PHPXmail (XMail GUI), and PHPsFTPd (SlimFTPd GUI). 


WampServer, formerly known asWAMP5, is a software package 
bundled with the AMP stack. It also comes with PHPMyAdmin 
and SQLiteManager to manage databases. It is one of the most 
used Windows Web development environments. 

It is supposed to be the only solution that allows 
reproduction of the production server. It is possible to install all 
new releases of Apache, MySQL and PHP as add-ons. You can 
even have multiple instances of the server. Moreover, it comes 
with a service manager as a tray icon that allows better and 
easy management of the server. 

There are many other similar OSS packages available. 
You can find a detailed comparison of all the packages at 
en. wikipedia. org/wiki/Comparison_of_ WAMPs. EEf * T^ 

By: LFY Bureau | LINUX FOR YOU | JUNE 2009 | 95 

The Joy of Programming Guest Column 

S.G. Ganesh 

Using Bitwise Operators Instead of Logical Operators 

Some bad programming practices become established as habits over time. Here's an example of one such bad practice. 

In the last few years, I have come across many code 
segments in which bitwise operators were used instead 
of logical operators. I thought it was a mistake that only 
novice programmers make. But recently while reading 
the book, Software Engineering by Ian Sommerville [1] , I 
found that he has made the same mistake. His book is well 
respected and is one of the most widely read on the subject. 
So I decided to write about this problem this month. 
Consider the following Java code ( from Iahs book): 

if ( n < | n%2== 1) 

throw new NumericException(); 

This code is a straightforward code: it is to ensure that 
n is a positive even integer— if n is some other value, a 
NumericException is thrown. In this code, the | (bitwise- 
OR) operator is used instead of the || (logical-OR) operator; 
the condition should have been this: (n< 0\\n%2== 1).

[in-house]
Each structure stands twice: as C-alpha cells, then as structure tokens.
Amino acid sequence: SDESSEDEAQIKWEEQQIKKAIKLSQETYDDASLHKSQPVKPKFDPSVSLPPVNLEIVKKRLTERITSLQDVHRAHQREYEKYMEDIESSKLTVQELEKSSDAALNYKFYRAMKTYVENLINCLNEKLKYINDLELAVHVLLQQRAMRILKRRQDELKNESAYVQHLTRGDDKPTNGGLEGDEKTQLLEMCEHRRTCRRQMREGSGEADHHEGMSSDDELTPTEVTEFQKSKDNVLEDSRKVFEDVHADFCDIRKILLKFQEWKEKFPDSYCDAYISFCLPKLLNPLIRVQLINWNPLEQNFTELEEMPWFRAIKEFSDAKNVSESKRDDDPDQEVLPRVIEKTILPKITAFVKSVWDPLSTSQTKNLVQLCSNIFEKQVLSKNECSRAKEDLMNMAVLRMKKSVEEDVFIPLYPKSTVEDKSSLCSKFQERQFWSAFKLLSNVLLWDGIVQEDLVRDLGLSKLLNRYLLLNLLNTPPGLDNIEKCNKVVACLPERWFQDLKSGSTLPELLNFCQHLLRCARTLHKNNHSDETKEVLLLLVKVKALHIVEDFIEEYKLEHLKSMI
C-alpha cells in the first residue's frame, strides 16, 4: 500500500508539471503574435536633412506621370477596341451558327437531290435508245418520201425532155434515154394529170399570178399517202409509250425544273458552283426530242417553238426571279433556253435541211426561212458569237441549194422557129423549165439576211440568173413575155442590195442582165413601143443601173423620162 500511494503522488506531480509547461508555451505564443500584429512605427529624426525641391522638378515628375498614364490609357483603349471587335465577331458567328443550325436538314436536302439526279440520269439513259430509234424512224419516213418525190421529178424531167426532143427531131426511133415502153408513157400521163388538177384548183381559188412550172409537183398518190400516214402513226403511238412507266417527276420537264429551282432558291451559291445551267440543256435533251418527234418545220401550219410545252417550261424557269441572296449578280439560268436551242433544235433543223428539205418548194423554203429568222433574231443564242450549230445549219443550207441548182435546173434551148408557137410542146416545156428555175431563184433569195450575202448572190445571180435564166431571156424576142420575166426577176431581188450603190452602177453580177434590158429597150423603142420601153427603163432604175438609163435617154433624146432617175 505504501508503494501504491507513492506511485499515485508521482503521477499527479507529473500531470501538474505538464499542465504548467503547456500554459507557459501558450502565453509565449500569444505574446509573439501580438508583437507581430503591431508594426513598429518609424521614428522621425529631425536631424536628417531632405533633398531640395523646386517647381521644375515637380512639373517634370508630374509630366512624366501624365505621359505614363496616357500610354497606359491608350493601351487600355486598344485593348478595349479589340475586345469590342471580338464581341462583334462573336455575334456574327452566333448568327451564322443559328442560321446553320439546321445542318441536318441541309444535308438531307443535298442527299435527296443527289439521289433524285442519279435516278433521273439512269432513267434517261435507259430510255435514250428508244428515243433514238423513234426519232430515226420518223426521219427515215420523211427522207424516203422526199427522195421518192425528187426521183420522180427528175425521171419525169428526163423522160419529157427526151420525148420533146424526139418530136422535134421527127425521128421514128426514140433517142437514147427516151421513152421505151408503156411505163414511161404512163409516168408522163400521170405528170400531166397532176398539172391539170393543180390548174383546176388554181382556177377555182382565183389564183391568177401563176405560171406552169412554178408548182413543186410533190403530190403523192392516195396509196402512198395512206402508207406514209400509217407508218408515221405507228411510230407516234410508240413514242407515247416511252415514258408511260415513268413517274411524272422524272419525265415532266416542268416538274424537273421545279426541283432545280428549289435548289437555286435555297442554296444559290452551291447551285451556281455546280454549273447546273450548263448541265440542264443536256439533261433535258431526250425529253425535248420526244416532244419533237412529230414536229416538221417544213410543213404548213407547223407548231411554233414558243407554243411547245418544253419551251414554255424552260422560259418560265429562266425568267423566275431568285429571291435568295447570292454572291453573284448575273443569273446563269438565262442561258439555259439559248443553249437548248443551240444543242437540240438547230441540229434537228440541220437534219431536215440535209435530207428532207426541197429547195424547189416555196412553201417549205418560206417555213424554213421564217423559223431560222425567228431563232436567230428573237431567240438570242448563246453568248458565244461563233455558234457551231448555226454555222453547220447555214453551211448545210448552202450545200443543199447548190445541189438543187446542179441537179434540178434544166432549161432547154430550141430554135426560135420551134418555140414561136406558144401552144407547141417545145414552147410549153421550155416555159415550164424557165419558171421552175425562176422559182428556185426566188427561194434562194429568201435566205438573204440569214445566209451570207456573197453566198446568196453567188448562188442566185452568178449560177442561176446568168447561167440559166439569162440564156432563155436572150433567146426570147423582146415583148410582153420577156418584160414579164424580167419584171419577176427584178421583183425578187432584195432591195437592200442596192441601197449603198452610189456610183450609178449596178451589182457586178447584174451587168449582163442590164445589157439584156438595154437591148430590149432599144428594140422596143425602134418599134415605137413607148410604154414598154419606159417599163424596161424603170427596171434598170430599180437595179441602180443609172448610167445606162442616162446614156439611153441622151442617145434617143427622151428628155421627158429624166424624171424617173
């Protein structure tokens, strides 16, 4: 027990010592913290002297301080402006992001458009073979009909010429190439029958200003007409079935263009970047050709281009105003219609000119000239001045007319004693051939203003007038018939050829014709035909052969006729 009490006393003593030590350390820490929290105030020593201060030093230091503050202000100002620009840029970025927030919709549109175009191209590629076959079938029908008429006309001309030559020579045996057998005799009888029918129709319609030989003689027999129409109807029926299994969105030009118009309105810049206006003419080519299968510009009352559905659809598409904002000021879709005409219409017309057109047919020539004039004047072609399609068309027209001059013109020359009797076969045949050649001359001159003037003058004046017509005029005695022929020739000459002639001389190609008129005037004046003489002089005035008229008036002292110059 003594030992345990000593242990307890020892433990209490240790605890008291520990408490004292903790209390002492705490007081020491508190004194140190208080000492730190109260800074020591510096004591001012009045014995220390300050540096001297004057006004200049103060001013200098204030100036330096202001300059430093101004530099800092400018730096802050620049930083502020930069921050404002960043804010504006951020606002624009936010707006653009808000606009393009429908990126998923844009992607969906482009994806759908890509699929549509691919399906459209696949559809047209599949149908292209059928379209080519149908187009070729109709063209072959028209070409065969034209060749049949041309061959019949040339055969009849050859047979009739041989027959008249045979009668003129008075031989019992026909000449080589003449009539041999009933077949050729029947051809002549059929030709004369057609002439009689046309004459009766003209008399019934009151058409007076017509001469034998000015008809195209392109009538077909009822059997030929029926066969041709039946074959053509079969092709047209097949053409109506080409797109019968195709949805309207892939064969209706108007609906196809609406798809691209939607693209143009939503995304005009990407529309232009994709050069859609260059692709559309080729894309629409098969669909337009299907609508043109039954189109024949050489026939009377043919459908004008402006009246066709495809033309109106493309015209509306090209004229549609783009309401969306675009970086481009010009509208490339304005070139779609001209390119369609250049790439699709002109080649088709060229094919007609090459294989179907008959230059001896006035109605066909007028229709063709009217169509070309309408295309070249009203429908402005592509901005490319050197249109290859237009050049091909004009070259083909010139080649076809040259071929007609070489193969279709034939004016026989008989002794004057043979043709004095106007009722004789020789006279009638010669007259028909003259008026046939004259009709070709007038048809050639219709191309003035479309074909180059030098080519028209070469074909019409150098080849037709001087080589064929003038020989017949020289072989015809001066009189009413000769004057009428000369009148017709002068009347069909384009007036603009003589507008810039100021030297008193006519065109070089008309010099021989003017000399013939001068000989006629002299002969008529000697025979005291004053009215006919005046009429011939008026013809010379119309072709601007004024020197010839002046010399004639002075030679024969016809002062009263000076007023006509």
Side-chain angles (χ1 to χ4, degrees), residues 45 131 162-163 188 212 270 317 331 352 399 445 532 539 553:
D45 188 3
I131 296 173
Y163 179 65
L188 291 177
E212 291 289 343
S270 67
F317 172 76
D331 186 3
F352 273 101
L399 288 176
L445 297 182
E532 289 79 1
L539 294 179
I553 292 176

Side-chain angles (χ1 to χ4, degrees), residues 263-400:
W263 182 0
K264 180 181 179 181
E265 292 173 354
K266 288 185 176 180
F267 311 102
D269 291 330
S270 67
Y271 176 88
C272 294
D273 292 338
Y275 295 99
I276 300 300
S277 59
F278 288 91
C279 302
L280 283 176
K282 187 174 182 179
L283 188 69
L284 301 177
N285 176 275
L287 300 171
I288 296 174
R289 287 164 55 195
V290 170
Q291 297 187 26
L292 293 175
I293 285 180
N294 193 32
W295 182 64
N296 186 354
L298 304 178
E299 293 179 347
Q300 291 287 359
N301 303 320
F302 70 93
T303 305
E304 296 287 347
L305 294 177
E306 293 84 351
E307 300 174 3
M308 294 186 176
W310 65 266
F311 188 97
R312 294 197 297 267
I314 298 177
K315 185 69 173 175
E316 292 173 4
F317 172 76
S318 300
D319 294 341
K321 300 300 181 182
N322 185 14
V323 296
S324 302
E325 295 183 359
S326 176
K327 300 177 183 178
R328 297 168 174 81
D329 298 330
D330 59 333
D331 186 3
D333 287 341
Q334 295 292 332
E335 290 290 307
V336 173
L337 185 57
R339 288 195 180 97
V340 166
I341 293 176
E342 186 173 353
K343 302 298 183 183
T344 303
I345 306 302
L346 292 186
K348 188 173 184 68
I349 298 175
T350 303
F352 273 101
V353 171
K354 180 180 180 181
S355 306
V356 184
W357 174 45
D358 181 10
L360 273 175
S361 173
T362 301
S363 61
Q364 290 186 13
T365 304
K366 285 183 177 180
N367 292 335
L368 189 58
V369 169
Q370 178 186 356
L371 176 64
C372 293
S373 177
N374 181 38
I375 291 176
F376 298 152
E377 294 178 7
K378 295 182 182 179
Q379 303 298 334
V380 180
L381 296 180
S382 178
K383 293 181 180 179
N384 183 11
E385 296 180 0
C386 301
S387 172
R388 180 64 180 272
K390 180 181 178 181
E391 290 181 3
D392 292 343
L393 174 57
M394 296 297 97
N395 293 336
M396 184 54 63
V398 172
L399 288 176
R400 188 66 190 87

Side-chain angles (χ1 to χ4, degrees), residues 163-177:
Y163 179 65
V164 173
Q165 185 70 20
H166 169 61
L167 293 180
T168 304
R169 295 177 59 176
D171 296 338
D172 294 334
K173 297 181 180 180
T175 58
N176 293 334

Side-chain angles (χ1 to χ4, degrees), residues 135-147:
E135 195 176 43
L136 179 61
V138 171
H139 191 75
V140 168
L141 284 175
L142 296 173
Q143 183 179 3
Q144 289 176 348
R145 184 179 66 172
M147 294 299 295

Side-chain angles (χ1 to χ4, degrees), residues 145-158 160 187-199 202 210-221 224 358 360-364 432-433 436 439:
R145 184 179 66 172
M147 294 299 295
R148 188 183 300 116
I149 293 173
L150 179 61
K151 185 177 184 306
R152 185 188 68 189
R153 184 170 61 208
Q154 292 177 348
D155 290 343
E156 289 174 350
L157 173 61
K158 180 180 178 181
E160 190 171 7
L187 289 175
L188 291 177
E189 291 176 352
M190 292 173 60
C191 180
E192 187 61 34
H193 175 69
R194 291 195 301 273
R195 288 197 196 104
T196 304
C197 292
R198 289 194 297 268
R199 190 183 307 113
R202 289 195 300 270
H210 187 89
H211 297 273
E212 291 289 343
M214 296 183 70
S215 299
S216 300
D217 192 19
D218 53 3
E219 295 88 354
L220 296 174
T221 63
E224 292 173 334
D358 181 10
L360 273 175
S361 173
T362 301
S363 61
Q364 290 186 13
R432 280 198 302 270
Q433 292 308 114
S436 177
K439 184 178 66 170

In my experience, I have seen that most programmers 
who use | instead of 1 1 also use the & instead of the && 
operator for Boolean operands. In fact, as I had guessed, in the 
subsequent few pages in the book, there was an expression in 
an assert statement that used & instead of the && operator! In 
other words, for many programmers, using bitwise operators 
instead of logical operators becomes a (bad) habit. 

Coming back to the code; yes, it will work: if n < or 
n%2 -- 1 is true, then the //condition will evaluate to true 
and hence the exception will be thrown. So, why bother? 
To answer that, we'll have to understand some more details 
about the behaviour of bitwise and logical operators. 

First, let us compare the truth table for the | and 1 1 

A B A | B A | | B 

T T 

T F 

F T 

F F 

Here, A and B are Boolean values, and T and F stands for 
True and False, respectively. The results for A | B and A || B 
look exactly the same! Yes, it's true, and that's why programs 
that make use of | instead of 1 1 for Boolean operands mostly 
work correctly. But why is it only 'mostly'? 

The answer is that the truth table is not entirely correct. 

[1] Software Engineering, 8th Edition, Ian Sommerville, Addison Wesley, 2006 

For logical operators, there is a type of behaviour called 
'short-circuiting': the expression is evaluated only till the 
truth value of the whole expression is known. Here, when 
A is true, no matter what the value of the other argument 
(B) is, the result for the 1 1 operator is true. So, B is a 'don't 
care' value and will not be evaluated. Whereas, for bitwise 
operators, the whole expression is always evaluated. 

As you can see, this difference can cause subtle bugs in 
code. Here is a code segment ( from real-world software) 
that has a serious bug: